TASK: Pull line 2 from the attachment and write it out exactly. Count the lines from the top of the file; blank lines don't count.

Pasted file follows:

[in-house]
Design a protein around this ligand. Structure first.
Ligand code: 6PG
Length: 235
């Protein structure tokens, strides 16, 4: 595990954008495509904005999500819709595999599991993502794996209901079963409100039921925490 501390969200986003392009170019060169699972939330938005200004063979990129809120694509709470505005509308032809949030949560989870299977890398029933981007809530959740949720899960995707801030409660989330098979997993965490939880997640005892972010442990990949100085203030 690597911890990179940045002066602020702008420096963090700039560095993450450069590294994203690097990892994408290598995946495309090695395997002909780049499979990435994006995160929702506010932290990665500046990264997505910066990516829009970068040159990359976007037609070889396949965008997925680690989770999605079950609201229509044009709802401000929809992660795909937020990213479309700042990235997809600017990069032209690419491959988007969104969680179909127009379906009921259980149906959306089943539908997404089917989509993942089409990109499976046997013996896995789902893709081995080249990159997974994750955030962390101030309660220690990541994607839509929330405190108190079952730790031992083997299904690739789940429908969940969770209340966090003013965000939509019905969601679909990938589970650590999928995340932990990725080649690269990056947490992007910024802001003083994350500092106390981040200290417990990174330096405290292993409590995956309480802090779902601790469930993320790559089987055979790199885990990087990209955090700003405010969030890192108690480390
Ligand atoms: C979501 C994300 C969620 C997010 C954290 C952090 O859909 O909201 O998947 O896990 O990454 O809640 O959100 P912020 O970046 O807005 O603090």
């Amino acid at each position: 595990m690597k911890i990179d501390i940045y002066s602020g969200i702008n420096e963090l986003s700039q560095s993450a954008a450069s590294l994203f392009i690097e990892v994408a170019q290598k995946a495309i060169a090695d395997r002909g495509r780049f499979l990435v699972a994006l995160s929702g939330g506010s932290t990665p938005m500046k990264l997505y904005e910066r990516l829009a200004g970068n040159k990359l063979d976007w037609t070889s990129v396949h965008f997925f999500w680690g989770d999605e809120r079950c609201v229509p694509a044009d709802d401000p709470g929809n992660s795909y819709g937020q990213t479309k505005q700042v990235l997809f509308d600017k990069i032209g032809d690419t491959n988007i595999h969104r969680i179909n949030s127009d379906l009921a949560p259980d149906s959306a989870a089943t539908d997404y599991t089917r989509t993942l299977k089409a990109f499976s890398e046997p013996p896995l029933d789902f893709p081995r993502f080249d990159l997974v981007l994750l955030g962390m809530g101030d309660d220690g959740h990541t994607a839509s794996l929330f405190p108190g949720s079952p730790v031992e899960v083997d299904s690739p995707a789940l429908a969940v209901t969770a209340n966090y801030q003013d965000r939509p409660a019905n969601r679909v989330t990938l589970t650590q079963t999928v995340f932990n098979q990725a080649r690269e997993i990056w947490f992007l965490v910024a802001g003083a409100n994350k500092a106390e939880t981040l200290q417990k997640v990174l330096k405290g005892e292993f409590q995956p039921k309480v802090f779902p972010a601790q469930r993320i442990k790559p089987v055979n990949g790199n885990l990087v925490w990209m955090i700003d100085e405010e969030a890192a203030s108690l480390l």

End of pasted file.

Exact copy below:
Design a protein around this ligand. Structure first.